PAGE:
Wave Energy Leader Tees Off On UK Nuke Deal

There’s a zero-sum aspect to the development of alternative energy resources in this era of encroaching climate change, as the different technologies vie for precious policy support.

So perhaps it shouldn’t be surprising that one of the big marine energy players in the United Kingdom has come out swinging after the announcement on Monday that the U.K. government had reached agreement with EDF Group to build Britain’s first new nuclear power station since the mid 1990s.

hinkley nuclear

What it could look like (image via EDF Energy)

The attack on the government’s decision comes from Aquamarine Power CEO Martin McAdam, whose company is now testing its second full-scale prototype, the Oyster 800, at the European Marine Energy Centre in Orkney, Scotland.

McAdam said that “overall, I have no problem with the construction of a new nuclear plant in the UK.” But that didn’t stop him from questioning pretty much everything about the deal that the government said will give the country a sparkling new clean energy source for 7 percent of its electricity beginning in 2023.

Right now, strictly based on the price the government is guaranteeing for new power generation – known as the “strike price” in the U.K. – a wave energy guy like McAdam would seem to have little to complain about. The draft strike price announced a few months ago for wave (tidal, too) is £305 per megawatt-hour, which would hold through to 2020. Onshore wind was set at £100/MWh, offshore at £155 – and both decline over time.

The strike price for EDG Group on the nuke plant is £92.50/MWh, but McAdam cited myriad possible hidden costs (and he wasn’t alone).

“My real challenge is the total lack of transparency and fudging of the actual costs and long-term implications for this and future generations,” McAdam wrote. “Moving costs from the electricity bill payer to the tax-payer is obscuring the real costs of nuclear. One thing that renewable energy has over nuclear is that the costs are known precisely. Renewable energy does not carry the environmental and legacy issues of the nuclear industry.”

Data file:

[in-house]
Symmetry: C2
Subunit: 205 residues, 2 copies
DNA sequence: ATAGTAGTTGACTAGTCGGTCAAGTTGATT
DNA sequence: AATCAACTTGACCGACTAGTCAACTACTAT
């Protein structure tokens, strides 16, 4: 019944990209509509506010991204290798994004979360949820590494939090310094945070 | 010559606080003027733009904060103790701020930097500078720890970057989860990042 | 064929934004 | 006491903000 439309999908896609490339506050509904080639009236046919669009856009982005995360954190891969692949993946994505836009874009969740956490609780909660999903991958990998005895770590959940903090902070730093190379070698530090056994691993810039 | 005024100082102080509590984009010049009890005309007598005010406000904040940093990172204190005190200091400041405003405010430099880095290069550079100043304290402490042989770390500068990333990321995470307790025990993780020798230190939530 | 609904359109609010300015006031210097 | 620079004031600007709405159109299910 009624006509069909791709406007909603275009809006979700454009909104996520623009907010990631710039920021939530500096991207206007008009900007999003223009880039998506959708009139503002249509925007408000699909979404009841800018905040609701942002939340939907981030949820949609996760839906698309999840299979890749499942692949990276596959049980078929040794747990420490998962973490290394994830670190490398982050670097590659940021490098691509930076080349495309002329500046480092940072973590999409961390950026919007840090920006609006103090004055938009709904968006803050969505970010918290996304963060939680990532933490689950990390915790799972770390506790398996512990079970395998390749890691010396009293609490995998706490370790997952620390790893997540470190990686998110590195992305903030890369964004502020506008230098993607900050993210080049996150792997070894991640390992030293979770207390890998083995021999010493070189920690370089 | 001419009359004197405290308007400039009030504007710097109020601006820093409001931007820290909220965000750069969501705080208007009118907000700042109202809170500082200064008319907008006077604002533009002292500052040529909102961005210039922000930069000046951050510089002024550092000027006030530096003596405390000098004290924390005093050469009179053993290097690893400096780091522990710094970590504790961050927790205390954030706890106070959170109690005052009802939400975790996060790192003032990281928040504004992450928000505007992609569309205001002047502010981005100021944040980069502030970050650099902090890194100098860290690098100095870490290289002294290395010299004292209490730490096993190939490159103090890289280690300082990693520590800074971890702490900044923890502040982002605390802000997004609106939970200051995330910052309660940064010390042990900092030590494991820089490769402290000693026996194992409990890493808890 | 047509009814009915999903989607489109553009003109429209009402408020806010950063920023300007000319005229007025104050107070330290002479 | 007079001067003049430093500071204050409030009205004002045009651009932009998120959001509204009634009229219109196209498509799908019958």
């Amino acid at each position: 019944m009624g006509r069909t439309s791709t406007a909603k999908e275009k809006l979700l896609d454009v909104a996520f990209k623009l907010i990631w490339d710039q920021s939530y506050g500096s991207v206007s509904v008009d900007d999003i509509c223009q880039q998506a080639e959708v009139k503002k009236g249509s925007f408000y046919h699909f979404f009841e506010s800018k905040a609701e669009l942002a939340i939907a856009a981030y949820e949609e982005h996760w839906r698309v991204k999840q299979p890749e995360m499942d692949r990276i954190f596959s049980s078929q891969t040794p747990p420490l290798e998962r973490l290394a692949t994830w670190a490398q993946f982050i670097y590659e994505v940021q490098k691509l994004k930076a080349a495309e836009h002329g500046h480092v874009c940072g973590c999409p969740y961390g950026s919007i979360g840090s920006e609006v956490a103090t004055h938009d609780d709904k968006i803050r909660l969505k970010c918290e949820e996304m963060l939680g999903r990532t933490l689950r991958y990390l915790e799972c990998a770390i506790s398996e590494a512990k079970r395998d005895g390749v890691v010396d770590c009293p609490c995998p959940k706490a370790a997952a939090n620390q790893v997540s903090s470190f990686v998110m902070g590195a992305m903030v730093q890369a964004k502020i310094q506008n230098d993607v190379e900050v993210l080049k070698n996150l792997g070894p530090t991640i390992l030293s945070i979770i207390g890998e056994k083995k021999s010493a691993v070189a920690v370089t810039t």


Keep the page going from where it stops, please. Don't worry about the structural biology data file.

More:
Nuclear power does present a bit of a tough issue for climate-change fighters — or at least, a lot of people think it should. That’s premise of the Pandora’s Promise, the pro-nuke film from dedicated green Robert Stone.

But in terms even less varnished that McAdam, UK environmentalists were having none of it with the new nuke plant.

“The quickest way to end our costly fossil fuel dependency is though energy efficiency and renewable power, not new reactors that will suck up precious investment and take years to complete,” Friends of the Earth’s Policy and Campaigns Director Craig Bennett said in a statement. “Investment in German renewables has led to a massive fall in the wholesale cost of electricity. The Government should be following this example, instead of locking the UK into costly nuclear power for decades.”

Pete Danko is a writer and editor based in Portland, Oregon. His work has appeared in Breaking Energy, National Geographic's Energy Blog, The New York Times, San Francisco Chronicle and elsewhere.

  • José DeSouza

    In addtion to inherent risks and cost overruns, nukes – just like coal burners – block progress because they’re essentially baseload generators that don’t go along well with fluctuating abundant, clean and increasingly cost-effective renewables. Just do the math: http://energyshouldbe.org/download.html